Toronto
3 min

The bitch is back

Consuming vengeance makes an awesome spectacle

BIG CHARACTERS. Bass Alain Coulombe in rehearsal; he battles Médée and loses. Credit: Xtra files

From Diana Rigg raging over the din of collapsing temple walls on Broadway to wailing drag queens on the rooftop of the Club Toronto bathhouse during a lightning storm, the mythical figure of Medea continues to fascinate as much as she repels.



Medea is the sorceress of Greek legend who betrays family and countrymen to help her lover Jason steal the Golden Fleece. When he spurns her for another, she turns murderously mad – even killing their two children.



Toronto audiences get to see the first-ever North American production of Marc-Antoine Charpentier’s baroque opera Médée, which premiered at the Académie Royale de Musique in 1693 (a few years after the death of the monopolizing court composer and homosexual Jean-Baptiste Lully).



In the new Opera Atelier production opening this week, Canadian bass Alain Coulombe sings the role of Créon, the Corinthian king who makes the tragic mistake of conspiring against Médée, thinking he can force her to leave his land and manipulate events so that his daughter Créuse can marry Médée’s husband, the dashing Argo hero Jason.



“I knew Charpentier’s sacred music but wasn’t familiar with his opera,” says Coulombe. “This is a big masterpiece, a passionate love story entwined with jealousy, revenge, killing.



“The music is not naked and basic like some baroque pieces. It’s more like classic modern opera, it has a bigger orchestra with greater orchestral colouring. The sound is more grandiose and asks for bigger singing. There are beautiful arias and melodies.”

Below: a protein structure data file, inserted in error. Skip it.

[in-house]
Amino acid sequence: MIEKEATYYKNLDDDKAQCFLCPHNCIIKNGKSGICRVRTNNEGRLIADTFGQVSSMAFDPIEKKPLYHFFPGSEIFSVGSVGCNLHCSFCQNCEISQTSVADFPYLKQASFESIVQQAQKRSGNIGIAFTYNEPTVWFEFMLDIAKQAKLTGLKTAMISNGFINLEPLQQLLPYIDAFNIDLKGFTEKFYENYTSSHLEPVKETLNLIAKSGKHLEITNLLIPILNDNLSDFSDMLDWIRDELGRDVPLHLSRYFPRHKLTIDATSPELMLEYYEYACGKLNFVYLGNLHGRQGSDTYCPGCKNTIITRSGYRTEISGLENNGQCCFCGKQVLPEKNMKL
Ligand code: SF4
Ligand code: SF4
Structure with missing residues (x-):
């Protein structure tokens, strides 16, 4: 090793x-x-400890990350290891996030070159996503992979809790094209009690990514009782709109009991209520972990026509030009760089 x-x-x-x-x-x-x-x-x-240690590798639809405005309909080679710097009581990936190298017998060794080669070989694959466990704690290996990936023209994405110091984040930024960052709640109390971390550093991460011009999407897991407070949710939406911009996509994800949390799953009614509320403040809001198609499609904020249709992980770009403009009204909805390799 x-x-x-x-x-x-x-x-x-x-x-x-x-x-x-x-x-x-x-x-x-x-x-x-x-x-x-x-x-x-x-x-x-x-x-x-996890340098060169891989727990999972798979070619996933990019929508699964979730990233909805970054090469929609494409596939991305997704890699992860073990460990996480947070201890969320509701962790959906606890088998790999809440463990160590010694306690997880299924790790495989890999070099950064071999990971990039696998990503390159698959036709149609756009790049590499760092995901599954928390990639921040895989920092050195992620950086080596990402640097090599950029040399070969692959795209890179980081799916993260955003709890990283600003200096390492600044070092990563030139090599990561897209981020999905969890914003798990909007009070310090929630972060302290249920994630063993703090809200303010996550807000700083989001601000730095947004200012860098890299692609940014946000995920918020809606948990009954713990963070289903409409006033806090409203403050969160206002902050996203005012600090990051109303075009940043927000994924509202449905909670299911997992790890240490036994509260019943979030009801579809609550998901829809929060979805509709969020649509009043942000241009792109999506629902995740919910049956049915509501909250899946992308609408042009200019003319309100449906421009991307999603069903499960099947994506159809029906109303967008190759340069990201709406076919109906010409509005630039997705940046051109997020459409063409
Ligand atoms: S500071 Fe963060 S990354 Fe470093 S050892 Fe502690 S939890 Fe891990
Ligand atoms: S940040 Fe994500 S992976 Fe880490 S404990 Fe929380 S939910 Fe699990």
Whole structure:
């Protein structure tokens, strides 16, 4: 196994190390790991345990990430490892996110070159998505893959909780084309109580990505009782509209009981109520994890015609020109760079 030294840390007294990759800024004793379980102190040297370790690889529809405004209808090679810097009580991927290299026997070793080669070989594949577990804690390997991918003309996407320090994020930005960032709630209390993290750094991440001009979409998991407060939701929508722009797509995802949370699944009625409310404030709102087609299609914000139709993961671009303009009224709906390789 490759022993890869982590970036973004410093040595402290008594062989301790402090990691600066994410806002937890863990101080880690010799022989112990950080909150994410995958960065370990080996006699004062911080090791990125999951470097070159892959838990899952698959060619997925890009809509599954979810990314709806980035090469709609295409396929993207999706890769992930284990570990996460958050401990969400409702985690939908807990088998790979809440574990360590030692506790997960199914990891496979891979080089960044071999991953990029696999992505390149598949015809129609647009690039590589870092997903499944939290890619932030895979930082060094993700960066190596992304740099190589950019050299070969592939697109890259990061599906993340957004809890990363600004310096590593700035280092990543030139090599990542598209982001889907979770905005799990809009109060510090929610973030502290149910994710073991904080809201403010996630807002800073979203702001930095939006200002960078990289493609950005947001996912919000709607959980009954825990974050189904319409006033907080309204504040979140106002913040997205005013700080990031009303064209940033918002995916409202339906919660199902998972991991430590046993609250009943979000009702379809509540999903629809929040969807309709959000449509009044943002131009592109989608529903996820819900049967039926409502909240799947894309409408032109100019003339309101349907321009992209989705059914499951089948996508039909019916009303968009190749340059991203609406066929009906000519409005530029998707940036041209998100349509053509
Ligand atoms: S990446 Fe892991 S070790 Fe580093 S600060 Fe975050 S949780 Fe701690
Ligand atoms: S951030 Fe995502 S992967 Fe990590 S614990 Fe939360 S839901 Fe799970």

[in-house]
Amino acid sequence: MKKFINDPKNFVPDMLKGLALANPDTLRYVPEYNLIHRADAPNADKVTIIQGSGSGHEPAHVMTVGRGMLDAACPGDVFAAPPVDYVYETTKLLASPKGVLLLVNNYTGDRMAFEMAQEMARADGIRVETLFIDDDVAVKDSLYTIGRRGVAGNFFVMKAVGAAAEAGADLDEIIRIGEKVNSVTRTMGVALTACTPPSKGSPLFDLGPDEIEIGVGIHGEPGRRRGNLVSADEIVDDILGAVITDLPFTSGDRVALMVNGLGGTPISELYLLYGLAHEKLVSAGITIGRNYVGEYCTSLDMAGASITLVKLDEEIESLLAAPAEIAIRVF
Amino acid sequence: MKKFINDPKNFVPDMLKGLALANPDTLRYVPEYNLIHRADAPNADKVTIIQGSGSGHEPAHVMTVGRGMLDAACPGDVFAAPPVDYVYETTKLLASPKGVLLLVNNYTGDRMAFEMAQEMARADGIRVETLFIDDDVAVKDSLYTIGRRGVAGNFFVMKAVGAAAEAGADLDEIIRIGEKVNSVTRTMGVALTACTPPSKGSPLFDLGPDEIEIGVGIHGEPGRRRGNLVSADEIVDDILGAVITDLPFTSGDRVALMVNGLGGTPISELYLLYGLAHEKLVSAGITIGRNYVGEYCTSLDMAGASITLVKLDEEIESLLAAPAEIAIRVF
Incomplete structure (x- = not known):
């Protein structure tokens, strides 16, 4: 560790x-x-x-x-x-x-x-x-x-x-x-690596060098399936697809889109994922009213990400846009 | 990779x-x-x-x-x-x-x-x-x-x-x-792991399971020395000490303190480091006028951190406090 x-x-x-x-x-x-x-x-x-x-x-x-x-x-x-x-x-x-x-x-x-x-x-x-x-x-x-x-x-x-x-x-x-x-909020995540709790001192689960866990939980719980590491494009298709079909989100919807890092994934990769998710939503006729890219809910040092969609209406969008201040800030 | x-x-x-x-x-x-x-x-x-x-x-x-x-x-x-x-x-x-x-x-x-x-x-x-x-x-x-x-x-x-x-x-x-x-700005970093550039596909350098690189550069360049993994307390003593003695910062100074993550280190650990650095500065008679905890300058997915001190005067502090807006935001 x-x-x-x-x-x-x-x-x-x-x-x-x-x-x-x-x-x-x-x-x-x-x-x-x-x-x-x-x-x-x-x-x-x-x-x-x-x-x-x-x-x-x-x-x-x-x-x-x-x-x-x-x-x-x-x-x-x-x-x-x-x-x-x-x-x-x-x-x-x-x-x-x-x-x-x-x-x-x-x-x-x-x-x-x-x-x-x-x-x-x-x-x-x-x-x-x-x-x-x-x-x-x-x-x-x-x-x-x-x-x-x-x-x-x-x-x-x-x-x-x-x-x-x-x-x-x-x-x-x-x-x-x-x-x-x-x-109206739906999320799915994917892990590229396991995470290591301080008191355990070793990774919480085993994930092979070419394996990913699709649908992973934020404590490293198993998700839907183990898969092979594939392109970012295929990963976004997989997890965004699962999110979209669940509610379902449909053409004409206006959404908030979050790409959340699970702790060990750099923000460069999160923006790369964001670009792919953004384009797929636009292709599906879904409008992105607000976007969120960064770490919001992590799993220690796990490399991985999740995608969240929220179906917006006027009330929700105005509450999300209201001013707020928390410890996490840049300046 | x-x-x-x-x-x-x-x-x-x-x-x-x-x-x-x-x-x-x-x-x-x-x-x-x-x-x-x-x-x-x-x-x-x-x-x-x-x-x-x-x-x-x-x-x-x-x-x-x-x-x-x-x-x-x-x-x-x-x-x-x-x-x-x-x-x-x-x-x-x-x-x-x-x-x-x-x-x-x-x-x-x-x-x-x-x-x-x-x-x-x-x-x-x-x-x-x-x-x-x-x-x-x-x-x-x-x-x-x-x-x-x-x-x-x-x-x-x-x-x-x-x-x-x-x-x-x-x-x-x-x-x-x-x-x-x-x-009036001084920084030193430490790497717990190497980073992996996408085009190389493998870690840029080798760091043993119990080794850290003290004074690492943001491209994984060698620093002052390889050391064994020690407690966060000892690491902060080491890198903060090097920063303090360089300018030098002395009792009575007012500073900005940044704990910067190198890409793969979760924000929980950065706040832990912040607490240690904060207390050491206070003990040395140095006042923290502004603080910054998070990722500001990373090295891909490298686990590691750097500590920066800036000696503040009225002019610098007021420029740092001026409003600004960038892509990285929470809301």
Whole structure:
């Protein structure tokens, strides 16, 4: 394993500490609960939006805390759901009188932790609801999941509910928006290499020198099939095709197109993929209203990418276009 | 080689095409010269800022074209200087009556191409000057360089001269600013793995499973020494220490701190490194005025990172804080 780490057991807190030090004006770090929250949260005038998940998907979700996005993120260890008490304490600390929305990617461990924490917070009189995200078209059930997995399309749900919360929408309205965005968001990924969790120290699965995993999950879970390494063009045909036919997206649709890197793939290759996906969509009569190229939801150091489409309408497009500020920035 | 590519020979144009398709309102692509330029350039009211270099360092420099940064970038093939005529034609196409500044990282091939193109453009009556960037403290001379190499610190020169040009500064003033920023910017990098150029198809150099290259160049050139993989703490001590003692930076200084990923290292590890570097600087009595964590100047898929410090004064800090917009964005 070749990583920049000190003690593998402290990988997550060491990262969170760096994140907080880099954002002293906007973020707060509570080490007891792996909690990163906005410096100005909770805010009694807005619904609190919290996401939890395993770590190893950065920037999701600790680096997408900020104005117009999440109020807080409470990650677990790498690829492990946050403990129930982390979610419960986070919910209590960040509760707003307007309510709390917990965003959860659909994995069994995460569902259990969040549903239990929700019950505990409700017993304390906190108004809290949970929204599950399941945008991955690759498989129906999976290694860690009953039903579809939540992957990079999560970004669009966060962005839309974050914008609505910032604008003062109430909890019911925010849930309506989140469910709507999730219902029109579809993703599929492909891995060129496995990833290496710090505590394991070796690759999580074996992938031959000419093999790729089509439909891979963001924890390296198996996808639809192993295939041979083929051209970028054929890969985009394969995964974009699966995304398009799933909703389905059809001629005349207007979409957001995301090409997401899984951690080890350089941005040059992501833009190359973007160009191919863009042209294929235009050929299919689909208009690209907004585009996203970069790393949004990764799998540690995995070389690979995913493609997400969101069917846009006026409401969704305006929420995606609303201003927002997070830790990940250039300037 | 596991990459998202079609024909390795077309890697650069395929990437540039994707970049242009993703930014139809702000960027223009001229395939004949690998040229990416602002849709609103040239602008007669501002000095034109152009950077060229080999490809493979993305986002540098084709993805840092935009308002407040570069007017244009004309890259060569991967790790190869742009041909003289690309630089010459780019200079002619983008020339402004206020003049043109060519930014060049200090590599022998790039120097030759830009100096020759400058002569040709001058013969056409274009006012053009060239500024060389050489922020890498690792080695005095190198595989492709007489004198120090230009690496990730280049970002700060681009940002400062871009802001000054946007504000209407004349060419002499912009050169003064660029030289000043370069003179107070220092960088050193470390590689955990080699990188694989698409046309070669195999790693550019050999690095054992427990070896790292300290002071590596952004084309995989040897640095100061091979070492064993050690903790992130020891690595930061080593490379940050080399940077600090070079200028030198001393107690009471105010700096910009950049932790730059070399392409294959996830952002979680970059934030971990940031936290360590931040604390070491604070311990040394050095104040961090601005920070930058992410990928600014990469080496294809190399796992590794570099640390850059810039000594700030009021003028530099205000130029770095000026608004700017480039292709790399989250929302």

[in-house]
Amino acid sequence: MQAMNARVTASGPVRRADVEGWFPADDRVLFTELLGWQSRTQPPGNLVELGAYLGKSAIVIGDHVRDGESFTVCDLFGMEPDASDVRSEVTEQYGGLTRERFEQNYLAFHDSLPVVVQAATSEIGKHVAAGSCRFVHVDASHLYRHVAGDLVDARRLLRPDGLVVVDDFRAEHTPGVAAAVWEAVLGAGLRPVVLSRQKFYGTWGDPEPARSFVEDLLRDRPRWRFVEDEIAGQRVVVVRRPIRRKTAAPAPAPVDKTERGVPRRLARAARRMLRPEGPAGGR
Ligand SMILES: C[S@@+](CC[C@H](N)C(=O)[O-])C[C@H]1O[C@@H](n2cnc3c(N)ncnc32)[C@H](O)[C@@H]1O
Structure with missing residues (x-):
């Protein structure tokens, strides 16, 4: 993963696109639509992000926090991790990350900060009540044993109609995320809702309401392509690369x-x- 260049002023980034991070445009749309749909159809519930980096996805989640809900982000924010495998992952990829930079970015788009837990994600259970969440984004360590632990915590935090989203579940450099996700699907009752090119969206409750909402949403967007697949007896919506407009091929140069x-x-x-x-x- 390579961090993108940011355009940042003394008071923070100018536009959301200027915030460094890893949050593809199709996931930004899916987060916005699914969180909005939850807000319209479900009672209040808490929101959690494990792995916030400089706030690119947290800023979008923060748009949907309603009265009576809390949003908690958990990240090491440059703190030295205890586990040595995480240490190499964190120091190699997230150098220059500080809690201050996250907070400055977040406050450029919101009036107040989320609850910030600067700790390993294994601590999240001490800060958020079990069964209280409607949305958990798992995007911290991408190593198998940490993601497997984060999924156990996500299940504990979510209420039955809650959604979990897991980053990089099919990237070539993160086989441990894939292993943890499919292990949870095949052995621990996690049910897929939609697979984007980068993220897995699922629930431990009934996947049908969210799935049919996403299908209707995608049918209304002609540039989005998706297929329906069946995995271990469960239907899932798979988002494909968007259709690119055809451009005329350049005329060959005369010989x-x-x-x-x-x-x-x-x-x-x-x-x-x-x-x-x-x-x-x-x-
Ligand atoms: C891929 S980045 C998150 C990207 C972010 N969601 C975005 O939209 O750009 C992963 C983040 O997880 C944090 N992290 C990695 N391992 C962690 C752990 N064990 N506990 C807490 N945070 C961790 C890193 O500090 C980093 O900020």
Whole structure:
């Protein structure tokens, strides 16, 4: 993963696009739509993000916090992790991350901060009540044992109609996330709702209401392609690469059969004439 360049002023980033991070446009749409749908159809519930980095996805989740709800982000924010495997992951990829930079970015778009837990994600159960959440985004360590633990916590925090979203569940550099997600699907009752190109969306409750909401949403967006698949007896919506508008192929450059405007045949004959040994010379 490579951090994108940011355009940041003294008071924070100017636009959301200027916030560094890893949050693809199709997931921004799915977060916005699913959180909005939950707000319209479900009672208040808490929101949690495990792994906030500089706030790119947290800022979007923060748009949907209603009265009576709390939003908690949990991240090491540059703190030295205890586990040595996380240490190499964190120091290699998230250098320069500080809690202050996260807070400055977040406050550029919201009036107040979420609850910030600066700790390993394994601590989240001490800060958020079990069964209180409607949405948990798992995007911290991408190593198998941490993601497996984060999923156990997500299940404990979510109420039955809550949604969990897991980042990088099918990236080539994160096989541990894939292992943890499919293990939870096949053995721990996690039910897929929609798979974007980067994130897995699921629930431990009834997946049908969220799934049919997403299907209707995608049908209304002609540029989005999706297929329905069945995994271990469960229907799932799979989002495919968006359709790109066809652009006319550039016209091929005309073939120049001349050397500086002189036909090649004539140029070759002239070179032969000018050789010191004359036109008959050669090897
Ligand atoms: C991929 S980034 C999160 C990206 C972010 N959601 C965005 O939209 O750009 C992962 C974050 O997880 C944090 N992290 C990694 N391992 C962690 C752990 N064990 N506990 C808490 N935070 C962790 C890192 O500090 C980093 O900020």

Hervé Niquet conducts the Tafelmusik orchestra and chamber choir; director Marshall Pynkoski, choreographer Jeannette Zingg, set designer Gerard Gauci and costume designer Dora Rust-D’Eye will surely deliver the inimitable spectacle expected from Opera Atelier.



Rising star, US mezzo Steph-anie Novacek, sings the title role. “Médée knows everything, even at the start, but she tries to hold on to her human side,” says Novacek. As the various cospiracies become too obvious to ignore, “she moves toward becoming this monstrous sorceress…. By the end of act three, she goes crazy and it demands a really big voice. Sometimes I feel like I’m screaming.”



Pynkoski spotted Novacek seven years ago and knew he wanted her for the role – even before Médée was on the books. The Iowa native has since performed in OA’s Orféo and Poppea. Novacek says she loves opera because it allows her to explore her psyche in preparation for developing different characters. She’s had to be careful, however, with such a horrible creature like Médée. “I have to make a concerted effort to leave her behind in the rehearsal room,” she says with a laugh.



Charpentier’s opera spends more time exploring Médée’s humanness as compared to Luigi Cherubini’s Médée, the more familiar 18th century opera. “Aphrodite has cast a spell on her, that’s why Médée’s so consumed by love for Jason. But the most tender, humane moments are with her confidant, Nérine.”



How do you make the emotional journey from tender friend and lover to pure vengeful energy? “The libretto is wonderful and the score is brilliant. The music makes sense of everything,” says Novarek.



Coulombe is also keyed up by his character, the bold leader Créon. “His passion excites me, he has so much ambition and not always in a good way. He’ll manipulate others to get what he wants.” Créon becomes one of the first victims of an increasingly dangerous Médée. “I go from this authority figure, very proud, to being angry, then scared, then raving mad.”



It, too, is a challenging role. “That’s the mystery of the art – to find a way to express all these things without losing control of the voice.”



Coulombe has a great season ahead of him, with a series of challenging roles including Count Ribbing in the COC’s A Masked Ball and Collatinus in L’Opéra de Montréal’s The Rape Of Lucretia.



But for now, Coulombe is gearing up for his deadly battle with one of the scariest female characters in art. With its libretto by Thomas Corneille, one of the leading playwrights of his era, Médée is an intriguing study in hubris – Jason, Créon, Créuse and Médée all plot to get what they want. “It’s a power play in every single way,” says Coulombe. “It’s about the power of hatred. It’s so actual – how the world is now – where the never-ending desire to win leads to total destruction.”



MÉDÉE.

$25-$99. 7:30pm.

Fri, Nov 1, 2, 4, 6, 7, & 9.

3pm. Sun, Nov 10.

The Elgin. 189 Yonge St.

(416) 872-5555.